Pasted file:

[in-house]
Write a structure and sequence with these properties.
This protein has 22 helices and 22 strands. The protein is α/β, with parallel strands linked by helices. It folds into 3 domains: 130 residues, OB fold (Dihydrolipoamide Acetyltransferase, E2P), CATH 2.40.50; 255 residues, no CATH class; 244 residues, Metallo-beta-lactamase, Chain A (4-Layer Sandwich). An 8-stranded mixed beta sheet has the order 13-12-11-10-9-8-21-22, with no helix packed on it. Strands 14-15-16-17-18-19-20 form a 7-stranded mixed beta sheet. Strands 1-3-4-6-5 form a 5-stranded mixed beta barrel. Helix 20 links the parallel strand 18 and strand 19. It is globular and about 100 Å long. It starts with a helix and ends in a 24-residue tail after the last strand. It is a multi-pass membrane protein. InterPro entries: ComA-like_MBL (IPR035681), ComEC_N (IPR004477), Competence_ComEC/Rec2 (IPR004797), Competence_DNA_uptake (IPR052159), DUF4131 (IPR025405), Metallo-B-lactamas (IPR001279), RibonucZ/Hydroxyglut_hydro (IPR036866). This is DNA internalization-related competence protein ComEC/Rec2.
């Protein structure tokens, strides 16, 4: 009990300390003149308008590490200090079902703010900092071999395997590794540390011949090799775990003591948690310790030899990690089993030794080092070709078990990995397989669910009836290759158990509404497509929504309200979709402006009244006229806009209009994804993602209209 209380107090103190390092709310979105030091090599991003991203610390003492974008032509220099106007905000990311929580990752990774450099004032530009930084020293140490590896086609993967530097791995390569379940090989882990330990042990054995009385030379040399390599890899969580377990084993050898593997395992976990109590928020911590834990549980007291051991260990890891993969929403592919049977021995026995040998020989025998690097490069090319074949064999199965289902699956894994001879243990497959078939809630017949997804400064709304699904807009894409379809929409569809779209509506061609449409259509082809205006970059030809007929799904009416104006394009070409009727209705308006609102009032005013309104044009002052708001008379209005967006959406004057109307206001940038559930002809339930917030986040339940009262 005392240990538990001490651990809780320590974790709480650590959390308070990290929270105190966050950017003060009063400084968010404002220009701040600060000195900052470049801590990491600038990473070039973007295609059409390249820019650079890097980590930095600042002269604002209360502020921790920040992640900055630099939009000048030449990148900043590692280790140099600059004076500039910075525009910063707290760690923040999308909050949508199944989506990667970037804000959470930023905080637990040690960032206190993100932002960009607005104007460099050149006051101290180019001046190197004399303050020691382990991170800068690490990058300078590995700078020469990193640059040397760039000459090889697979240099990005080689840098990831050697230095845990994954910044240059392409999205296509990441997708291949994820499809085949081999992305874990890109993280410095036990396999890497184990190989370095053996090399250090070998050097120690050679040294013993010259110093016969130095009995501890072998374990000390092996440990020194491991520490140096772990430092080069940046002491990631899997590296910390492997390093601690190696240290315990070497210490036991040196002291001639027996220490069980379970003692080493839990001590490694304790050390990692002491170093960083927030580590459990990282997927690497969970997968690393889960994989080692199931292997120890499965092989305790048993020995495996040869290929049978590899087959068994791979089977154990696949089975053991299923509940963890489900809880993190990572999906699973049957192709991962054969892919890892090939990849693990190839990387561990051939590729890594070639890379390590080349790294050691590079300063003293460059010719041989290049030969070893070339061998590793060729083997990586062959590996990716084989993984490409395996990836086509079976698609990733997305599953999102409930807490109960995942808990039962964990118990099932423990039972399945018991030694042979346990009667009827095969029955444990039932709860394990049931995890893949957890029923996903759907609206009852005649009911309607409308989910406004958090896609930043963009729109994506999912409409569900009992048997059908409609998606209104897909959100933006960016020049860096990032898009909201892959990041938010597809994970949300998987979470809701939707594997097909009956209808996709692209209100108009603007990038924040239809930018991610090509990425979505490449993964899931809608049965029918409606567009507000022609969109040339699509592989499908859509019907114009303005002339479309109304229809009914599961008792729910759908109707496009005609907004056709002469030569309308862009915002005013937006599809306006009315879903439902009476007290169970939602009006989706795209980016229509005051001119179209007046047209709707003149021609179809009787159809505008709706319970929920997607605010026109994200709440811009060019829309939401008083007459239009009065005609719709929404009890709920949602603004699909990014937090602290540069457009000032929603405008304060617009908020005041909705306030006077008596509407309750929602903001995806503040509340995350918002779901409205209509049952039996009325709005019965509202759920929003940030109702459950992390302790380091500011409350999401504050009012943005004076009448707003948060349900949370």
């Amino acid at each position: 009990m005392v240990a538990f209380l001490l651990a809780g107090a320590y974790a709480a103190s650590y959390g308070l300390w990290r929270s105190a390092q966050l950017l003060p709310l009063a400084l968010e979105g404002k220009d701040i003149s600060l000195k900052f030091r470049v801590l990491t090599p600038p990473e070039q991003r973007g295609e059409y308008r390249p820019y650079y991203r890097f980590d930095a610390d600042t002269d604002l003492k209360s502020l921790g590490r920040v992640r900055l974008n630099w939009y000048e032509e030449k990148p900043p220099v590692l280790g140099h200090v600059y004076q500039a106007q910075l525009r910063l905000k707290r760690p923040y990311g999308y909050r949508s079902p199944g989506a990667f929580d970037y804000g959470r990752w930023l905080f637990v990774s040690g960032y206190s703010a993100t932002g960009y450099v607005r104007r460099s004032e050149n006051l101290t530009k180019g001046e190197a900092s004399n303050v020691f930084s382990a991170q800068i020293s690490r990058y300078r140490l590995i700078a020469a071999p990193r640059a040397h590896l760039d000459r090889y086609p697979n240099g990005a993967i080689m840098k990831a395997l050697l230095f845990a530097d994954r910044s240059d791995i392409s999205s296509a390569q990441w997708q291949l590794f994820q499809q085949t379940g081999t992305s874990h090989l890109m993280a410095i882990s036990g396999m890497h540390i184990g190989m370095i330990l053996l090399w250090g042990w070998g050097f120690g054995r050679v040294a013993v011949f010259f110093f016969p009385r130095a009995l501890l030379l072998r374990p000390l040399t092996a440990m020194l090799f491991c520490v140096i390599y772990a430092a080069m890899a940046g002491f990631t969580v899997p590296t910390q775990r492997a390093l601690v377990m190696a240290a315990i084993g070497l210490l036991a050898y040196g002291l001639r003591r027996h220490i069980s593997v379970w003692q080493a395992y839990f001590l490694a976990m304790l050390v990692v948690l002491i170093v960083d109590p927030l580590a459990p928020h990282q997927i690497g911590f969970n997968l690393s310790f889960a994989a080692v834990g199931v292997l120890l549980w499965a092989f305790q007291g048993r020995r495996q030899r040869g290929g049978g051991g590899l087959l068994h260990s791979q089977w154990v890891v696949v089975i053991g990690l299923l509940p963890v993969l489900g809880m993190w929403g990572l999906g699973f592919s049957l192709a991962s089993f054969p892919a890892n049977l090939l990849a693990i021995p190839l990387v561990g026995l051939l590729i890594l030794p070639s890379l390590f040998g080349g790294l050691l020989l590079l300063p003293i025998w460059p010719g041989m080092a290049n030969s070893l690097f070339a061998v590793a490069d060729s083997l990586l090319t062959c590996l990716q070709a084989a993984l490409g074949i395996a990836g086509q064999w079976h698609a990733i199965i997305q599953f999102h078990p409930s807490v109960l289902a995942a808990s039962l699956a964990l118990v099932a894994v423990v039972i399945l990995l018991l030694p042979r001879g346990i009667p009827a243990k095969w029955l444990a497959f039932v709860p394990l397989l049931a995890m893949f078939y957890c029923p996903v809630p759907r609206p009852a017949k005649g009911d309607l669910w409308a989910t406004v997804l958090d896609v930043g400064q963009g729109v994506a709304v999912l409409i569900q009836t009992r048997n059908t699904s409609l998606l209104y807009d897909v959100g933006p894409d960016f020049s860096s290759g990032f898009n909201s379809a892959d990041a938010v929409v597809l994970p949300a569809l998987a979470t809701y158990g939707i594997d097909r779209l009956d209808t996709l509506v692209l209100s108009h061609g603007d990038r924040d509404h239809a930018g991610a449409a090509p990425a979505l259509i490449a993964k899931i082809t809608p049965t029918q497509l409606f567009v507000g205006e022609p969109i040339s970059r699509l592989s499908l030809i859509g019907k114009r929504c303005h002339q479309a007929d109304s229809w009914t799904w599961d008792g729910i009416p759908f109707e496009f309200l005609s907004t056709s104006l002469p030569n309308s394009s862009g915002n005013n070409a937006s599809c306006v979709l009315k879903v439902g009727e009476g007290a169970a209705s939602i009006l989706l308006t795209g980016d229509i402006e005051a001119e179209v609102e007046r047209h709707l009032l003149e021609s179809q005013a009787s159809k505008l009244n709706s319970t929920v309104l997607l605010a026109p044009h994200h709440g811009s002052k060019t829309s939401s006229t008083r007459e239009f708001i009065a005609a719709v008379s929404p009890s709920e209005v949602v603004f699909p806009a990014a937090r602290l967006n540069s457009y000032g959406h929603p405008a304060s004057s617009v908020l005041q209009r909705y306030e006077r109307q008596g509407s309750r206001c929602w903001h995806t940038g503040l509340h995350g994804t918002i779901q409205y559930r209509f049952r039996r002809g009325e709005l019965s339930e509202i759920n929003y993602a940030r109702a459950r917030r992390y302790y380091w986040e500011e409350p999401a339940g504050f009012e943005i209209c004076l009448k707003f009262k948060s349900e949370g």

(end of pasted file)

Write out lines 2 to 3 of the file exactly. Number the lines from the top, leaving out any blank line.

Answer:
Write a structure and sequence with these properties.
This protein has 22 helices and 22 strands. The protein is α/β, with parallel strands linked by helices. It folds into 3 domains: 130 residues, OB fold (Dihydrolipoamide Acetyltransferase, E2P), CATH 2.40.50; 255 residues, no CATH class; 244 residues, Metallo-beta-lactamase, Chain A (4-Layer Sandwich). An 8-stranded mixed beta sheet has the order 13-12-11-10-9-8-21-22, with no helix packed on it. Strands 14-15-16-17-18-19-20 form a 7-stranded mixed beta sheet. Strands 1-3-4-6-5 form a 5-stranded mixed beta barrel. Helix 20 links the parallel strand 18 and strand 19. It is globular and about 100 Å long. It starts with a helix and ends in a 24-residue tail after the last strand. It is a multi-pass membrane protein. InterPro entries: ComA-like_MBL (IPR035681), ComEC_N (IPR004477), Competence_ComEC/Rec2 (IPR004797), Competence_DNA_uptake (IPR052159), DUF4131 (IPR025405), Metallo-B-lactamas (IPR001279), RibonucZ/Hydroxyglut_hydro (IPR036866). This is DNA internalization-related competence protein ComEC/Rec2.